In terms of perception, at least some of the members on the Morehouse Parish School Board remain leery that the April tax millage election rejected by voters that would have generated funds for individual school needs has its invisible fingerprints on the follow-up millage election Dec. 8.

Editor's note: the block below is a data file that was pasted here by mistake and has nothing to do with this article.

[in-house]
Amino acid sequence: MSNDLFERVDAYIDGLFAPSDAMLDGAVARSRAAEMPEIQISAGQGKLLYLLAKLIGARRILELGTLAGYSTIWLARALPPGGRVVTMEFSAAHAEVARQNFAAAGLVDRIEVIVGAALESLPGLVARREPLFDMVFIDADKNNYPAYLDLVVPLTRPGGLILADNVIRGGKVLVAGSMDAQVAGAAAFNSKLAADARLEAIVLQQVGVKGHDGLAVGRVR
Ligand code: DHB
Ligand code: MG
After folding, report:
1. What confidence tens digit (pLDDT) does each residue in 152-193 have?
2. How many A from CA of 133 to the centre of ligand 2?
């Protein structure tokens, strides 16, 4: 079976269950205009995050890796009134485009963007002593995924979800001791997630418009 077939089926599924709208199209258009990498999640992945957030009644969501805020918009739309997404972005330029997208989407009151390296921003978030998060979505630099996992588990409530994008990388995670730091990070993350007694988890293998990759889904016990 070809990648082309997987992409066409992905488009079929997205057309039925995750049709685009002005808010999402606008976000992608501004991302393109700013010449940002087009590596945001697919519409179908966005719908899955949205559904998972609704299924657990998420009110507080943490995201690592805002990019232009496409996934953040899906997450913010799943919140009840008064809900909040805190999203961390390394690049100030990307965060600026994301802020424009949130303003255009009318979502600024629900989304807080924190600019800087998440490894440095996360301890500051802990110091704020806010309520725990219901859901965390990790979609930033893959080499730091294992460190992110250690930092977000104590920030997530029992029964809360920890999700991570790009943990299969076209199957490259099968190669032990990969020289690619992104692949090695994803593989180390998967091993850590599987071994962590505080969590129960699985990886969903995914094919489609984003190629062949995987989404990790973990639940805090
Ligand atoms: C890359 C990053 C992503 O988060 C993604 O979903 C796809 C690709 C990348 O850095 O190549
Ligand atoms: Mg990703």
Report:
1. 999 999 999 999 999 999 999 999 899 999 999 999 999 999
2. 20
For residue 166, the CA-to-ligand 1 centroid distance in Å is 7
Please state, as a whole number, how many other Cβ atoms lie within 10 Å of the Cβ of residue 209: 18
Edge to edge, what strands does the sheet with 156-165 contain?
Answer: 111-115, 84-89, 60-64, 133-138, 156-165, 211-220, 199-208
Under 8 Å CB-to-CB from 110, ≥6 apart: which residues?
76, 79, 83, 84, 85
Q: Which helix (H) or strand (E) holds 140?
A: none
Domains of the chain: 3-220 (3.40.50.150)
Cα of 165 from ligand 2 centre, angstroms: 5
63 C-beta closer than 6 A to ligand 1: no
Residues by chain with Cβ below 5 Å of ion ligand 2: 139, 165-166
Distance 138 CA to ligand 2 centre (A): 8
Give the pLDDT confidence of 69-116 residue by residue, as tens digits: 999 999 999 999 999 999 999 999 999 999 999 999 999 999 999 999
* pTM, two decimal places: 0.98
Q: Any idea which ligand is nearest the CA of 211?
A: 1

In terms of perception, at least some of the members on the Morehouse Parish School Board remain leery that the April tax millage election rejected by voters that would have generated funds for individual school needs has its invisible fingerprints on the follow-up millage election Dec. 8. When that election failed many pointed – fairly or not, and correctly or not – to the $1 million item on it to replace the natural grass football field at Bastrop High with artificial turf. Some advocates like the Save Our Schools committee backed the proposal, while others questioned either the necessity of the turf or if there would indeed be a savings over the long run with turf versus costly grass maintenance. School board president Ron Vollmar said the turf question is a “dead issue.” “I don't know how the votes will go on this election, but I feel certain that the turf will not come up again before this board. I'm sure it won't, it doesn't have the votes,” he said. He said that while the board felt it was “hand strung” by SOS's conditional backing of the spring election so long as it included turf, that dynamic is not present this time. Voter turnout is anticipated to be low, and the Dec. 8 ballot would only need 50 percent, plus one, of the number of voters who show up for it to pass, which would generate about $2.6 million. The law says that recipients of the bond money must apply the spending of it exactly as it is written on the ballot. And on December's ballot the language is much more general than specific, stating money would be used toward “purchasing, erecting and/or improving school buildings and other school related facilities.” In the spring the board was generally adamant that the ballot include an itemized list showing how the sum would be spent on schools' “wish list” – a list reportedly prepared by each school's administrators and signed off on by each principal. Seven months later, however, and the board's desire to present the voters again with an itemized list – one was formed in September without turf – has been undercut with a growing number of new expensive repairs, including replacing old, broken down chillers at Bastrop High and new roofs at some schools. Board member Jeff Churchwell knows there's doubt for voters – and a quagmire for the board. “If you ask for a blank check, which we've done, then the voters have no assurance that money is not going to go to turf” even if we pledge it won't, he said. But on the other hand, Churchwell notes that the budget only has emergency funds totaling about $20,000. “Do we spend the money on old problems at schools or do we address new ones while the current ones only continue to get worse?” he asked. “I wish we could be more flexible,” he continued. “But it's difficult. We can't adopt a list because it's a moving document.” The uncertainty contrasts with money the district needs to get to put in new computer labs with computers at every school. In two years, the state has an unfunded mandate that all public school districts administer high-stakes testing online. MPS does not presently have the number of computers or space to achieve that order, and money it cannot get this year means by default that the district's request for more funds from residents in the near future is only going to be ratcheted. Superintendent Dr. George Noflin Jr. said the district is doing the best it can with what it has. "We have some great needs. Many of our schools are old and there are portable school buildings," he said. If the bond proposal is rejected by voters, Noflin said making improvements would become much more difficult moving forward. "It would also indicate a lack of community support," he said. One area that may or may not provide flexibility for the board, Noflin acknowledged, is the necessary costs for computer labs, depending on what, if any penalties or plans the state would lay out for districts without the funds or the computers when the uniformed testing starts. Noflin said to his knowledge, right now there is only one district that is ready for the testing. "I know we are not the only district in this predicament," he said. "And the state has offered no guidance" on this question. So the question lingers: What should the district do with the bond money, if approved by voters? "It doesn't matter if you have new computers in a building with a leaking roof, you are going to get rained out," Noflin said. However potential funds would be used, Noflin said they are critical. "It would be nice to update and fix our existing structures. We need the community support to help us in those efforts," he said.